Previously published studies provide a foundation to postulate that MP4CO might have the appropriate properties for treatment or reversal of an acute sickling crisis. The initial release of CO from MP4CO is predicted to have a beneficial effect including immediate stabilization of Hb S to prevent further red cell polymerization and reverse existing sickling, dilation of capillaries to enhance tissue perfusion, and anti-inflammatory cell-signalling properties. The subsequent circulation of the MP4 molecule as an oxygen therapeutic (after converting to MP4OX following oxygenation in the lungs) will help to 1) preferentially oxygenate ischemic tissue, 2) reverse partially sickled red cells, and 3) improve perfusion and oxygenation of local tissues to potentially ameliorate the painful crisis caused by sickling of red cells. In addition, MP4CO has enhanced chemical stability, which enables storage at room temperature.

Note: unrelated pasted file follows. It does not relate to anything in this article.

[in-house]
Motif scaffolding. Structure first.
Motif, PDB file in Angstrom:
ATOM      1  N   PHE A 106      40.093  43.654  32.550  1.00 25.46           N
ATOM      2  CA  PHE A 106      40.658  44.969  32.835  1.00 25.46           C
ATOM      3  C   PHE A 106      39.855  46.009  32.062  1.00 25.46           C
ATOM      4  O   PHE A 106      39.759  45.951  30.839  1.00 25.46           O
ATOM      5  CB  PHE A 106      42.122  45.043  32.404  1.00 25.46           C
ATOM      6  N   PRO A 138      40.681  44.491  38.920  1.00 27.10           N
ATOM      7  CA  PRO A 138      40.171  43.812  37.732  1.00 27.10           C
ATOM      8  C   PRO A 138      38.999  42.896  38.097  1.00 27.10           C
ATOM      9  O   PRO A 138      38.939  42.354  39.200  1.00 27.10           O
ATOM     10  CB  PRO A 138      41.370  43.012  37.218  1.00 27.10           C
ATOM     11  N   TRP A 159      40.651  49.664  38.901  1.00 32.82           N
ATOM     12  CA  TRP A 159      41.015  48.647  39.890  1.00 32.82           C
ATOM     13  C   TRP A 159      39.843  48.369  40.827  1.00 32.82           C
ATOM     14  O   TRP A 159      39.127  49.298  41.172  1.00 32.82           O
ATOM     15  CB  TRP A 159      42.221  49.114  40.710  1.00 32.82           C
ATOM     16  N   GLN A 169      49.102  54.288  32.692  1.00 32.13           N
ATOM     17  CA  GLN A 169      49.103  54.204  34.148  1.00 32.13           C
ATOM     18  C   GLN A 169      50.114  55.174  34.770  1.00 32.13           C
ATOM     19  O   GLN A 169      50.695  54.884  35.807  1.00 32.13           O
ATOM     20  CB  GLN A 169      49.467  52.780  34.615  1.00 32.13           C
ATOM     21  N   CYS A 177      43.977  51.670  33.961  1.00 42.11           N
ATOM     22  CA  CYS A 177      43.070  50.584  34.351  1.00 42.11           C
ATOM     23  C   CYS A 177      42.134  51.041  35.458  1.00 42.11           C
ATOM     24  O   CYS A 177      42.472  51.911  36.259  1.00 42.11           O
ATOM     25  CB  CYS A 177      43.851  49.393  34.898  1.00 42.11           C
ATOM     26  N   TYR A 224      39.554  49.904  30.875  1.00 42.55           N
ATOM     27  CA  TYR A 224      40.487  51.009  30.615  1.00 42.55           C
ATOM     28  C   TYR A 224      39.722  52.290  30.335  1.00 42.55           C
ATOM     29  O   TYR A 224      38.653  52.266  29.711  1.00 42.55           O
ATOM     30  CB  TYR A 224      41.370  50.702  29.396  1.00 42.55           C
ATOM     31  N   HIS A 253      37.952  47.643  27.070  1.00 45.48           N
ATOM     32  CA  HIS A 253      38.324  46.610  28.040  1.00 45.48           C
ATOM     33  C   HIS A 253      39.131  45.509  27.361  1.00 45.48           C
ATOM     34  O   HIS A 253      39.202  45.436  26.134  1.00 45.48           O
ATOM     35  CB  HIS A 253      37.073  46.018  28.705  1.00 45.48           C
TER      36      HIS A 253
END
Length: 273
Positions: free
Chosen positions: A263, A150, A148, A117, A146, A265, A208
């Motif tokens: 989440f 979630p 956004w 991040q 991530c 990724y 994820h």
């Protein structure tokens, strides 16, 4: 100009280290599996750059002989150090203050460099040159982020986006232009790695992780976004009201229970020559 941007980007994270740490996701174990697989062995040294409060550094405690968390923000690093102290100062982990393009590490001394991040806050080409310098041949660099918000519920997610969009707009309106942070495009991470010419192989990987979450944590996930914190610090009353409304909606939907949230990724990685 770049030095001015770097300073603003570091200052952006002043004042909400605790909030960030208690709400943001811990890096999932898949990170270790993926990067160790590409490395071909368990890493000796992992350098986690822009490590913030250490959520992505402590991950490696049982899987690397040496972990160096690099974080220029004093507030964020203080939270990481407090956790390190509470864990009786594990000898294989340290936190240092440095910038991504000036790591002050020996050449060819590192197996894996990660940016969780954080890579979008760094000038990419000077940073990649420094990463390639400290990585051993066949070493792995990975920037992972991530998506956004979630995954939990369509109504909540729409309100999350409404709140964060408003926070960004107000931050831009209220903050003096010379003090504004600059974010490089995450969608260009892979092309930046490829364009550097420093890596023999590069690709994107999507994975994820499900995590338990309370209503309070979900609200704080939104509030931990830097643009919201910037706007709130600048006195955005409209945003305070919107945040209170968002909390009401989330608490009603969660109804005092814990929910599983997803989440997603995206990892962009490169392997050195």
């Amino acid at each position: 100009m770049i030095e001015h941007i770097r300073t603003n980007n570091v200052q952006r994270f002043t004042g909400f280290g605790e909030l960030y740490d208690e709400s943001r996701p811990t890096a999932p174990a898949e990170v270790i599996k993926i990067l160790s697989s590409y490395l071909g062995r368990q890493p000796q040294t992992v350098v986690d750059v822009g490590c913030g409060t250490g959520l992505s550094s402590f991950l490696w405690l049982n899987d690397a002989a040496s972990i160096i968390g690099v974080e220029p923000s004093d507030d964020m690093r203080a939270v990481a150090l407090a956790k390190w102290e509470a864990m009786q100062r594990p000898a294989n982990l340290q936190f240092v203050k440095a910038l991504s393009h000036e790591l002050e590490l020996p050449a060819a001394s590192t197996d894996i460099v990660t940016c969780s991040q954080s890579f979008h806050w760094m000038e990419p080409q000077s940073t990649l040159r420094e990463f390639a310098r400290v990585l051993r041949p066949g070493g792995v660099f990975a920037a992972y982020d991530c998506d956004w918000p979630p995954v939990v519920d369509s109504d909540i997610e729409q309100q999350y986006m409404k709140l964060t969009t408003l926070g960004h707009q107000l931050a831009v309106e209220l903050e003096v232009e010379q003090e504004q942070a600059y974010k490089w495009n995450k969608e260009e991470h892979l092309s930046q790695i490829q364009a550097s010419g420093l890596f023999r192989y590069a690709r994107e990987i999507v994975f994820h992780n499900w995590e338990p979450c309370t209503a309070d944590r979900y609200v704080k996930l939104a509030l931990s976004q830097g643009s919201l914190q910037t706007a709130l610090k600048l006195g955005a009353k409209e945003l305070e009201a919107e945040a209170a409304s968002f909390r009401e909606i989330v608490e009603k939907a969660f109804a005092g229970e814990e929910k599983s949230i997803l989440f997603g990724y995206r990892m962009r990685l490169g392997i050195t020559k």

Eligibility

Information from the National Library of Medicine

Choosing to participate in a study is an important personal decision. Talk with your doctor and family members or friends about deciding to join a study. To learn more about this study, you or your doctor may contact the study research staff using the contacts provided below. For general information, Learn About Clinical Studies.


Ages Eligible for Study:   16 Years and older   (Child, Adult, Senior)
Sexes Eligible for Study:   All
Accepts Healthy Volunteers:   No
Criteria

Inclusion Criteria:

  • Signed Informed Consent (and assent as required for minors)
  • Diagnosis of SCD (known HbSS or HbSß0)
  • Sixteen years of age or older
  • Prior history of at least one VOC requiring hospitalization within the last 24 months

Exclusion Criteria:

  • ≥ 5 VOCs within the preceding 6 months requiring Emergency Room (ER) visits or hospital admissions
  • History of overt stroke or cerebral vascular accident within the previous 12 months
  • Remained in the hospital for ≥2 weeks (14 days) for VOC management within the previous 6 months